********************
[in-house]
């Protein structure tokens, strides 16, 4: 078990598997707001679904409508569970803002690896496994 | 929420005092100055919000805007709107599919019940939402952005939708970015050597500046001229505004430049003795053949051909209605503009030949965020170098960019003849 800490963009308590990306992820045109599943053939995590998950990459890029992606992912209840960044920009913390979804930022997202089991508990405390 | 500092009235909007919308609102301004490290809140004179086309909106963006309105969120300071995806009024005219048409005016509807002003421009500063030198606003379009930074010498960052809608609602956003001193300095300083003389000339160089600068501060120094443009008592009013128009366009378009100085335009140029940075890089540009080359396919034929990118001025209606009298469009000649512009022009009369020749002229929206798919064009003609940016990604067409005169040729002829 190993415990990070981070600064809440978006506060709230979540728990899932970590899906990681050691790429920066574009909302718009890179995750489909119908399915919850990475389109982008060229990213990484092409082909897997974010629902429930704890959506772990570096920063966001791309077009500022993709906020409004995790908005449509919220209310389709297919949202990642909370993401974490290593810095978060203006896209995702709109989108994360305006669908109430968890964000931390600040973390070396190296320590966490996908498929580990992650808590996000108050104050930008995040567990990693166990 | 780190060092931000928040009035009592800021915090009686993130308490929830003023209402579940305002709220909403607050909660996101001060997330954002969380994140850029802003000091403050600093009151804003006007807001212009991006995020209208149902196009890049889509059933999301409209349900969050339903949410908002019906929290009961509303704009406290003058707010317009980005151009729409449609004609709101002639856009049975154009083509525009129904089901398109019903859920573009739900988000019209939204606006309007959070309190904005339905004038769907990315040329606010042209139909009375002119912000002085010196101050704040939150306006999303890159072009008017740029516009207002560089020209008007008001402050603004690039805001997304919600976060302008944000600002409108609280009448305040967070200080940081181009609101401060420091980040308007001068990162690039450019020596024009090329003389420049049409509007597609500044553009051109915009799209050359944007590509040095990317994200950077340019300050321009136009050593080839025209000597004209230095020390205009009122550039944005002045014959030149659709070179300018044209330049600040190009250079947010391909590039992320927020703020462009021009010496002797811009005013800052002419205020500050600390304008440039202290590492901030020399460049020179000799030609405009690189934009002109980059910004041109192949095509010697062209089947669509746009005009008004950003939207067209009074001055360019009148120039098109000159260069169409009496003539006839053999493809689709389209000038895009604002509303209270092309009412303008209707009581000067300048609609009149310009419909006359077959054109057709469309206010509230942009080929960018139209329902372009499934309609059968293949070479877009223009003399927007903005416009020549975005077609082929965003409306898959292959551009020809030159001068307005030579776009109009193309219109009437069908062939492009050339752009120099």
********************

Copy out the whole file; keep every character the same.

[in-house]
């Protein structure tokens, strides 16, 4: 078990598997707001679904409508569970803002690896496994 | 929420005092100055919000805007709107599919019940939402952005939708970015050597500046001229505004430049003795053949051909209605503009030949965020170098960019003849 800490963009308590990306992820045109599943053939995590998950990459890029992606992912209840960044920009913390979804930022997202089991508990405390 | 500092009235909007919308609102301004490290809140004179086309909106963006309105969120300071995806009024005219048409005016509807002003421009500063030198606003379009930074010498960052809608609602956003001193300095300083003389000339160089600068501060120094443009008592009013128009366009378009100085335009140029940075890089540009080359396919034929990118001025209606009298469009000649512009022009009369020749002229929206798919064009003609940016990604067409005169040729002829 190993415990990070981070600064809440978006506060709230979540728990899932970590899906990681050691790429920066574009909302718009890179995750489909119908399915919850990475389109982008060229990213990484092409082909897997974010629902429930704890959506772990570096920063966001791309077009500022993709906020409004995790908005449509919220209310389709297919949202990642909370993401974490290593810095978060203006896209995702709109989108994360305006669908109430968890964000931390600040973390070396190296320590966490996908498929580990992650808590996000108050104050930008995040567990990693166990 | 780190060092931000928040009035009592800021915090009686993130308490929830003023209402579940305002709220909403607050909660996101001060997330954002969380994140850029802003000091403050600093009151804003006007807001212009991006995020209208149902196009890049889509059933999301409209349900969050339903949410908002019906929290009961509303704009406290003058707010317009980005151009729409449609004609709101002639856009049975154009083509525009129904089901398109019903859920573009739900988000019209939204606006309007959070309190904005339905004038769907990315040329606010042209139909009375002119912000002085010196101050704040939150306006999303890159072009008017740029516009207002560089020209008007008001402050603004690039805001997304919600976060302008944000600002409108609280009448305040967070200080940081181009609101401060420091980040308007001068990162690039450019020596024009090329003389420049049409509007597609500044553009051109915009799209050359944007590509040095990317994200950077340019300050321009136009050593080839025209000597004209230095020390205009009122550039944005002045014959030149659709070179300018044209330049600040190009250079947010391909590039992320927020703020462009021009010496002797811009005013800052002419205020500050600390304008440039202290590492901030020399460049020179000799030609405009690189934009002109980059910004041109192949095509010697062209089947669509746009005009008004950003939207067209009074001055360019009148120039098109000159260069169409009496003539006839053999493809689709389209000038895009604002509303209270092309009412303008209707009581000067300048609609009149310009419909006359077959054109057709469309206010509230942009080929960018139209329902372009499934309609059968293949070479877009223009003399927007903005416009020549975005077609082929965003409306898959292959551009020809030159001068307005030579776009109009193309219109009437069908062939492009050339752009120099």